Yet, it is the title story, “After the Plague,” that marks Boyle at the very top of his form, in a simultaneously charming and arresting look at what would happen if you were among the very last people on earth (“I knew there wouldn’t be much opportunity for dating in the near future, but we just weren’t suited to each other”). A work that cannot easily be categorized, and unquestionably one of the most effective of the collection, “After the Plague” blends human idiosyncrasies with critical social analysis, allowing the reader to laugh at his or her own weaknesses while being thankful that none of us (by any stretch of the imagination) can be as grotesque or irrational or downright human as Boyle’s rich characterizations make us out to be. Or can we?
T. C. Boyle has always been at the forefront of contemporary American fiction, and After the Plague shows him at his most prescient, delineating and examining not only the way we live today, but what our behavior portends for the future as well. These are stories that beg to be read aloud, stories that resonate in the way of the tales told round a campfire. Enjoy.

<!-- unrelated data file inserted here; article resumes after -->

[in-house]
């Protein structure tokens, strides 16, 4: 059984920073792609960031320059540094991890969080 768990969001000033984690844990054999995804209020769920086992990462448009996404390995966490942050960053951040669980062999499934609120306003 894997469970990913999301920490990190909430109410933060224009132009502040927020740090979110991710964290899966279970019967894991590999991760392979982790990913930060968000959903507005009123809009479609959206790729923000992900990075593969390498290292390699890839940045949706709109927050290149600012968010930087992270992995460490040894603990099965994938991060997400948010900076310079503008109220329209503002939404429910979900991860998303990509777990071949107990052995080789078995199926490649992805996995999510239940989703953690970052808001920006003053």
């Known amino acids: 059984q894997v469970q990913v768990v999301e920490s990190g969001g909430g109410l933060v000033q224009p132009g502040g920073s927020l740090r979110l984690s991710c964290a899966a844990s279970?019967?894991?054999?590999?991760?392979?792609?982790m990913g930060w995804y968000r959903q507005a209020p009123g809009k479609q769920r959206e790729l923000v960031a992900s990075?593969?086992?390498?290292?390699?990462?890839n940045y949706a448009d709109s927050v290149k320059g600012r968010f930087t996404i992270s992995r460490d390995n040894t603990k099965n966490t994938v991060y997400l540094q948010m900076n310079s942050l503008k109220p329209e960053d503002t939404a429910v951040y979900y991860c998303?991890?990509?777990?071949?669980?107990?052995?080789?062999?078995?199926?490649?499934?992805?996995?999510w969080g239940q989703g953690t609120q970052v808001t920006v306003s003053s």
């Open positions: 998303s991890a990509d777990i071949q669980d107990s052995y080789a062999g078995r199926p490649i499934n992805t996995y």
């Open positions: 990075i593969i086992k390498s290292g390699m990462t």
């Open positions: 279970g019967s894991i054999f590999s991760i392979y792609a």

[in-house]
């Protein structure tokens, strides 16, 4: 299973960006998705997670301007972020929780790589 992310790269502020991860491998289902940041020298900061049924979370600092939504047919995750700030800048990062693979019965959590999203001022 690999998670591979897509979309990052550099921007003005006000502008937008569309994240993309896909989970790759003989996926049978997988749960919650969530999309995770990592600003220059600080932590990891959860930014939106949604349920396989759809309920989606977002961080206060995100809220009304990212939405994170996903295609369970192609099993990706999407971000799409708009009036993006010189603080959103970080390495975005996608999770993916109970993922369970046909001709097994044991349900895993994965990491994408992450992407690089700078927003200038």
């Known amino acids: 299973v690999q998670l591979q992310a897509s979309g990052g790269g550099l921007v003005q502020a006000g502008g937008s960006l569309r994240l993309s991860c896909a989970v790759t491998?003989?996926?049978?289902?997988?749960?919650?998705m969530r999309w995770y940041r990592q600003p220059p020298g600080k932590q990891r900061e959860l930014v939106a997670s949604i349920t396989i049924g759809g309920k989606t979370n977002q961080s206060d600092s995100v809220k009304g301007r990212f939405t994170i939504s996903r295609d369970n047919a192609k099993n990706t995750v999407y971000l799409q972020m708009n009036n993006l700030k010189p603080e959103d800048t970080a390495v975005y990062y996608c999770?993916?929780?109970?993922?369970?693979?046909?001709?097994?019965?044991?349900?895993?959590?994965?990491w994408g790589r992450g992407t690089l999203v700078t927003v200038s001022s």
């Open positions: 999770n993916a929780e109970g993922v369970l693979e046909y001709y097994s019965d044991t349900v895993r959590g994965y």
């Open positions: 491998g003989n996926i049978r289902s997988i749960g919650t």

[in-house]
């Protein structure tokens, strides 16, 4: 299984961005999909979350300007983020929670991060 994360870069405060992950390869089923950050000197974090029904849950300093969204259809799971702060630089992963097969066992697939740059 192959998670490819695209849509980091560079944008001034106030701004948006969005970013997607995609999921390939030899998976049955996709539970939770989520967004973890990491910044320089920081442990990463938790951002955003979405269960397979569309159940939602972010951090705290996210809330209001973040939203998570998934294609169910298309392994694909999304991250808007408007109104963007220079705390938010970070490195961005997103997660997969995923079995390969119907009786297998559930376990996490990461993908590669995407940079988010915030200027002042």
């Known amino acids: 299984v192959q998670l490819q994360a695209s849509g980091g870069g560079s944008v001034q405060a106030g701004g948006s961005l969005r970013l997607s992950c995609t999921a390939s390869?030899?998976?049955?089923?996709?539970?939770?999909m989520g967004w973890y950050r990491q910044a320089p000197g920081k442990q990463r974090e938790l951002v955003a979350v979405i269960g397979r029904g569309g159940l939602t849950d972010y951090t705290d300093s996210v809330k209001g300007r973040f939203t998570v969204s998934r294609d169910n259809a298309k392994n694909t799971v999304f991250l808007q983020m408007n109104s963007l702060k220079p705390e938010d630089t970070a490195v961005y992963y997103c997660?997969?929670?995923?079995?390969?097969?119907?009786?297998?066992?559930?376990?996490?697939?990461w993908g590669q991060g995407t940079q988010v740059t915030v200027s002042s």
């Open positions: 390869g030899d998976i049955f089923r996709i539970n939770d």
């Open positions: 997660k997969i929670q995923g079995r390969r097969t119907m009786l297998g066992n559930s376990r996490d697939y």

T.C. Boyle is the bestselling author of After the Plague, T.C. Boyle Stories, Riven Rock, The Tortilla Curtain, Without a Hero, The Road to Wellville, East Is East, If the River Was Whiskey, World’s End (winner of the PEN/Faulkner Award), Greasy Lake, Budding Prospects, Water Music, and Descent of Man (all available from Penguin). His fiction regularly appears in major American magazines, including The New Yorker, GQ, The Paris Review, Playboy, and Esquire.
You are very well regarded as an author of both short stories and novels. Could you talk a bit about the process you use to write each? Do you approach a short story differently than you would a novel? If so, how do these approaches differ? How do you determine whether an idea will form a short story or a novel?
Well, to begin with, I have to say that I consider myself a very lucky individual in that I spend as many as four or five hours a day in a dream-state—and I get paid for it too. Mon Dieu! Formidable! Stories are the foundation and backbone of my life, and I can’t really say why that is, but I can tell you that my deepest thinking and my greatest pleasure derives from creating stories, from putting one semantic block atop another until something clicks and the piece is finished. And you’ll notice that I use the term “stories” here—that is because I make no distinction between novels and short stories, except that the novels are more complex and take more time and space to work out. As many readers will know, I began as a short story writer and perhaps published as many as thirty or forty stories before I turned my hand to my first novel (Water Music, 500 pages of stories all threaded together in 104 chapters).